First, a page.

Racial Harmony Important for DoD's Future Success
By Rudi Williams
American Forces Press Service
ARLINGTON, Va., May 20, 1999 "Harmonious race relations will continue to grow in importance for us as Americans because we're becoming ever more diverse as a nation," Fred Pang said here during DoD's first forum on Asian Pacific American affairs May 17.
Pang, former assistant secretary of defense for force management policy, was the keynote speaker at the event, which highlighted the 20th annual observance of Asian Pacific American Heritage Month.
The forum was conducted in conjunction with events sponsored by the Federal Asian Pacific American Council during Asian Pacific American Heritage Month. The council's agenda included a reception at the State Department in honor of Asian Pacific American veterans of World War II. DoD also participated in a congressional seminar on Capitol Hill and a national leadership training conference.
Pang said roughly 12 percent of the U.S. population today is African American, 12 percent Hispanic and 5 percent Asian or Native American. "This sums to 29 percent of our population, and census projections indicate that by the year 2050, what we call minorities in the aggregate will pass the 50 percent mark," said the retired Air Force colonel. "But even with these changes, America will not look like the world of which it is a part."
If the world was mathematically reduced to a village of 100 people, Pang said there would be 57 Asians, 21 Europeans and 14 people from Western Hemisphere (North and South America). There would be 70 nonwhite people, 70 non-Christian and half of the wealth would be in the hands of six people -- all from the United States. Seventy people would be unable to read, 50 would be malnourished, 80 would live in substandard housing and only one would have a college education.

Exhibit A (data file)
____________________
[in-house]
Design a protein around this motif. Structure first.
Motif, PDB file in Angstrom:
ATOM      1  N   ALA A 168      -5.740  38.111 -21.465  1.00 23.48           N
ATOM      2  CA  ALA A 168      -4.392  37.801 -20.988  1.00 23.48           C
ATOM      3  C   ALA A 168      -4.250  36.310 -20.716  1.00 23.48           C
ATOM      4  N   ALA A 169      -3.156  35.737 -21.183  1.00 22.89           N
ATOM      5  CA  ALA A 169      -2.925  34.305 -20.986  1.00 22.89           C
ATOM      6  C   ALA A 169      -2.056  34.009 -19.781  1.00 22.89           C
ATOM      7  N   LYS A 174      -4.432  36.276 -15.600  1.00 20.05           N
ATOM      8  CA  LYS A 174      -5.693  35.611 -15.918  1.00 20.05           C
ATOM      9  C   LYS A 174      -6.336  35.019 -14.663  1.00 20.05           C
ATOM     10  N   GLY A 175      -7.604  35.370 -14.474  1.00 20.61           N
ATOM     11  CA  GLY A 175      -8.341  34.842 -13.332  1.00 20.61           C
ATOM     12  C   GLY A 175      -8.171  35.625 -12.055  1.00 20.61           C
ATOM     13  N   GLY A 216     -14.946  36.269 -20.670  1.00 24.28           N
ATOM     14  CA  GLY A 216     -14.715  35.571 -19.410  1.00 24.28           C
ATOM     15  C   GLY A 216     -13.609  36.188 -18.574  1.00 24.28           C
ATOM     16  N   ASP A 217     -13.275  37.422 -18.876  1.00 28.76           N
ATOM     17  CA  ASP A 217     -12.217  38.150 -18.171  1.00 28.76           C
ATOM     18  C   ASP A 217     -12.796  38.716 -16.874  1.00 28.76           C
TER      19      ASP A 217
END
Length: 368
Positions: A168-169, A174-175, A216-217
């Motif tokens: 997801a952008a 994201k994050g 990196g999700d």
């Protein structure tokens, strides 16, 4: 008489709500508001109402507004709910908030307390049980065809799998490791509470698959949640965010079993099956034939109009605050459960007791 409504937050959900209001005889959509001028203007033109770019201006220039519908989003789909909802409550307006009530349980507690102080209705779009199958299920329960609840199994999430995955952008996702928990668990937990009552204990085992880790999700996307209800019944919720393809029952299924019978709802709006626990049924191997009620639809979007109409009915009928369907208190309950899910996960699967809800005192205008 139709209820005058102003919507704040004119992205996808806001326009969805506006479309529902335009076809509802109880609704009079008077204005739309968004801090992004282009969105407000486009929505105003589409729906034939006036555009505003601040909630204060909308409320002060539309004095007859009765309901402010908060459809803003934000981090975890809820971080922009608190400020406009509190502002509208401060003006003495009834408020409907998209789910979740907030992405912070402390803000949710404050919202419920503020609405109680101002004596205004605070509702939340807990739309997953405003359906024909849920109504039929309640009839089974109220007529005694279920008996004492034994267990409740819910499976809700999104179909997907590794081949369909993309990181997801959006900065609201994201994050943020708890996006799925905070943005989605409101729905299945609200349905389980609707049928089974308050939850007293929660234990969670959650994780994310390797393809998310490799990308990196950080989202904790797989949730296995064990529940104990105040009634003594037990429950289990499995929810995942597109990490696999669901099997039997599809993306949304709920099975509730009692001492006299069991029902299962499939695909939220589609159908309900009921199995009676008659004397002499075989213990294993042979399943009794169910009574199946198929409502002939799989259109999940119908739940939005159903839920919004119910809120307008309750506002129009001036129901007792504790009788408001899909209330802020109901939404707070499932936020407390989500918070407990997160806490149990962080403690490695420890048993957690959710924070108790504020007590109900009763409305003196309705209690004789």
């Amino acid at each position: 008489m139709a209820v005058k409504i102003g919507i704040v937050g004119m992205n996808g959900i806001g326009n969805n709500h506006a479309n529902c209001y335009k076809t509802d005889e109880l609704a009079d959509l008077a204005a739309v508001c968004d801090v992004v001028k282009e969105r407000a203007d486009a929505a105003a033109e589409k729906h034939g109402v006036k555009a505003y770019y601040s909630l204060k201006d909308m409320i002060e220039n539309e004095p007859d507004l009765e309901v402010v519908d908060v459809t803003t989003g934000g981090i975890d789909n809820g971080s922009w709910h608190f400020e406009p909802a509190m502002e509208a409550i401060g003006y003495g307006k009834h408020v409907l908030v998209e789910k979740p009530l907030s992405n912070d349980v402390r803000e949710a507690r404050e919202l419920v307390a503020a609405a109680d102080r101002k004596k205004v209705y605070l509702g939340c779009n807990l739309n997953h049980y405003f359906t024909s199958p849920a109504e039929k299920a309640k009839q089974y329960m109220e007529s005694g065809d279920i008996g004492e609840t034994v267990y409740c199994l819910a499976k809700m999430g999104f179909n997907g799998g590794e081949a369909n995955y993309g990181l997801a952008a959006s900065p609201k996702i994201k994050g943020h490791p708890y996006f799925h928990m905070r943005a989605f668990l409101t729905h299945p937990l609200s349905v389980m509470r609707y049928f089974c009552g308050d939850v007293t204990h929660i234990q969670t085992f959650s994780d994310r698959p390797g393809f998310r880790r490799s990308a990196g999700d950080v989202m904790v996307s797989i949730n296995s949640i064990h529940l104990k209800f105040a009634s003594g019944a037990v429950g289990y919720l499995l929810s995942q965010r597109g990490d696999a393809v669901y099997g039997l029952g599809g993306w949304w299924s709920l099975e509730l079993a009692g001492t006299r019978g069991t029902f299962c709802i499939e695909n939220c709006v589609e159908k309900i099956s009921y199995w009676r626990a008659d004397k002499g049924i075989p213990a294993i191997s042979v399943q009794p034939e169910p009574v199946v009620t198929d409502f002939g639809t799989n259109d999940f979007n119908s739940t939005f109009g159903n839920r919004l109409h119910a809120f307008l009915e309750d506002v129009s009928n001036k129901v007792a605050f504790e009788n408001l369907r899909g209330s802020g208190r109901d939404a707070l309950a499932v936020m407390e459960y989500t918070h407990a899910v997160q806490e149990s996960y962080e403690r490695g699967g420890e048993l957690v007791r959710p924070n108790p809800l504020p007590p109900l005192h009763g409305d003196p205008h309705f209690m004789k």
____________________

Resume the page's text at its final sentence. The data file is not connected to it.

"We need to take this into account as we look inward at the demographic changes we'll experience and determine how we can use our growing diversity to lead in a world that we don't represent," Pang said.
Calling that the "big picture," he then told the multiracial audience how to help lead and make a difference in breaking through the barriers of race and gender discrimination.
"Individuals have the option of either controlling their own destiny or having someone else control it for them," Pang said. Those who are comfortable following the will of others and are happy letting someone else control their destiny need to make dramatic changes in their attitude if they hope to achieve success, he said.
"That's not to say we shouldn't rely on others to help us," Pang noted. "We rarely achieve success entirely on our own. We need the help of others: those who work for us, with us and those we work for. The key is to know when to rely on yourself and when you need to rely on others around you."
Pang said most people don't want to be the center of attention all the time, "but neither do they want to be a faceless bureaucrat or an anonymous member of the team."
"If you want to succeed, you need the support of the people you work with, and they can't support you if they don't know who you are," Pang said. And, he added, marketing oneself is also key to succeeding professionally.
"In other words," he said, "let people know who you are, what you stand for and how you can help the team. You can't put on a false face and try to be someone you aren't, because people see through that pretty easily. You need to have a good self image and project that to others "
Francis M. Rush Jr., acting assistant secretary of defense for force management policy, also participated in the forum. He emphasized that "equal opportunity is for everyone and must apply to all equally." He said immigrant and indigenous Asian and Pacific Islanders have contributed to every facet of American life, yet they've "endured discrimination as our society struggled with its growing diversity."
"As the population of our nation becomes increasingly racially, ethnically and culturally diverse, one of DoD's goals is to 'create an environment that values diversity and fosters mutual respect and cooperation among all persons,'" Rush said, quoting Secretary of Defense William S. Cohen's remarks in his 1998 DoD Human Goals Charter.